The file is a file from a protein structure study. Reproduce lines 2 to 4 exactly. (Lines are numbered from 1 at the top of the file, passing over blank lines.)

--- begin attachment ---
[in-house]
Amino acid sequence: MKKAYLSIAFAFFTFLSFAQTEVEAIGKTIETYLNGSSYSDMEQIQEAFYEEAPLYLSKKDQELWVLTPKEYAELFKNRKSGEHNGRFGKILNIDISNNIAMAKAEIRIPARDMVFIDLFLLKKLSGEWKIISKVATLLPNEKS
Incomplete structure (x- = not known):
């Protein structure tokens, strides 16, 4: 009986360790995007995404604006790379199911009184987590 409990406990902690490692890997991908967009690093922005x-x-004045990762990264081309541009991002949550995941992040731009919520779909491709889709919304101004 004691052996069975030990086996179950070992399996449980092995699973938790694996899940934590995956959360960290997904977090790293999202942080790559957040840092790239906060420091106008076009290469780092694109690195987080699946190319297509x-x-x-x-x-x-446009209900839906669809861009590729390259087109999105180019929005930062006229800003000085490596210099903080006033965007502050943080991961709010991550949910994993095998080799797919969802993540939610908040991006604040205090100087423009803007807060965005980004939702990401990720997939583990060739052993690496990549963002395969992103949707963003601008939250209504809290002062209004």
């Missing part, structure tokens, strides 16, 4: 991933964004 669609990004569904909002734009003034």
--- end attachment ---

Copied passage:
Amino acid sequence: MKKAYLSIAFAFFTFLSFAQTEVEAIGKTIETYLNGSSYSDMEQIQEAFYEEAPLYLSKKDQELWVLTPKEYAELFKNRKSGEHNGRFGKILNIDISNNIAMAKAEIRIPARDMVFIDLFLLKKLSGEWKIISKVATLLPNEKS
Incomplete structure (x- = not known):
């Protein structure tokens, strides 16, 4: 009986360790995007995404604006790379199911009184987590 409990406990902690490692890997991908967009690093922005x-x-004045990762990264081309541009991002949550995941992040731009919520779909491709889709919304101004 004691052996069975030990086996179950070992399996449980092995699973938790694996899940934590995956959360960290997904977090790293999202942080790559957040840092790239906060420091106008076009290469780092694109690195987080699946190319297509x-x-x-x-x-x-446009209900839906669809861009590729390259087109999105180019929005930062006229800003000085490596210099903080006033965007502050943080991961709010991550949910994993095998080799797919969802993540939610908040991006604040205090100087423009803007807060965005980004939702990401990720997939583990060739052993690496990549963002395969992103949707963003601008939250209504809290002062209004």